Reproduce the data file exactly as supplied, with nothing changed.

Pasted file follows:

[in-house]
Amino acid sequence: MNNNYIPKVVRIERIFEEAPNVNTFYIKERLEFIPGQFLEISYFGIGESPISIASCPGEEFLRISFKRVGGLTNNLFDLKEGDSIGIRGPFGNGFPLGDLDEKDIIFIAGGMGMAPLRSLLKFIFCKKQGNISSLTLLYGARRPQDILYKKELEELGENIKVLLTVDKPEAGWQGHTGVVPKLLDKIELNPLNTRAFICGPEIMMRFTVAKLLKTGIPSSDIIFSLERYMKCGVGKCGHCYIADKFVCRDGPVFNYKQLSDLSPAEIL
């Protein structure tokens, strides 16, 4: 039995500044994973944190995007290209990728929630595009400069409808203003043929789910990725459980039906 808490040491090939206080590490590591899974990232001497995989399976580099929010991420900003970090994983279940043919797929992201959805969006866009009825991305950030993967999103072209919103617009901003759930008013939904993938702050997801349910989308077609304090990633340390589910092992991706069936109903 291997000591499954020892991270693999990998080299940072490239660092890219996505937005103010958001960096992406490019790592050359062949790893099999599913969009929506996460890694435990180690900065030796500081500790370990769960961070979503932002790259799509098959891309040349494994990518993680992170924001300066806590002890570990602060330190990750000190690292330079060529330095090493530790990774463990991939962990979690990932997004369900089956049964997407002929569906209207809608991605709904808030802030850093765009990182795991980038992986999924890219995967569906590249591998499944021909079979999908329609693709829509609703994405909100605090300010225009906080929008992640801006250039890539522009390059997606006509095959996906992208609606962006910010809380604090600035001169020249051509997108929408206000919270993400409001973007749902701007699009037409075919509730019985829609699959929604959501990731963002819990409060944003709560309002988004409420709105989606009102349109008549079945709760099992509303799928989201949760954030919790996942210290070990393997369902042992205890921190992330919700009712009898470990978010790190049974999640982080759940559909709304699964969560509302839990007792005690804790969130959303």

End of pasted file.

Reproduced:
[in-house]
Amino acid sequence: MNNNYIPKVVRIERIFEEAPNVNTFYIKERLEFIPGQFLEISYFGIGESPISIASCPGEEFLRISFKRVGGLTNNLFDLKEGDSIGIRGPFGNGFPLGDLDEKDIIFIAGGMGMAPLRSLLKFIFCKKQGNISSLTLLYGARRPQDILYKKELEELGENIKVLLTVDKPEAGWQGHTGVVPKLLDKIELNPLNTRAFICGPEIMMRFTVAKLLKTGIPSSDIIFSLERYMKCGVGKCGHCYIADKFVCRDGPVFNYKQLSDLSPAEIL
């Protein structure tokens, strides 16, 4: 039995500044994973944190995007290209990728929630595009400069409808203003043929789910990725459980039906 808490040491090939206080590490590591899974990232001497995989399976580099929010991420900003970090994983279940043919797929992201959805969006866009009825991305950030993967999103072209919103617009901003759930008013939904993938702050997801349910989308077609304090990633340390589910092992991706069936109903 291997000591499954020892991270693999990998080299940072490239660092890219996505937005103010958001960096992406490019790592050359062949790893099999599913969009929506996460890694435990180690900065030796500081500790370990769960961070979503932002790259799509098959891309040349494994990518993680992170924001300066806590002890570990602060330190990750000190690292330079060529330095090493530790990774463990991939962990979690990932997004369900089956049964997407002929569906209207809608991605709904808030802030850093765009990182795991980038992986999924890219995967569906590249591998499944021909079979999908329609693709829509609703994405909100605090300010225009906080929008992640801006250039890539522009390059997606006509095959996906992208609606962006910010809380604090600035001169020249051509997108929408206000919270993400409001973007749902701007699009037409075919509730019985829609699959929604959501990731963002819990409060944003709560309002988004409420709105989606009102349109008549079945709760099992509303799928989201949760954030919790996942210290070990393997369902042992205890921190992330919700009712009898470990978010790190049974999640982080759940559909709304699964969560509302839990007792005690804790969130959303």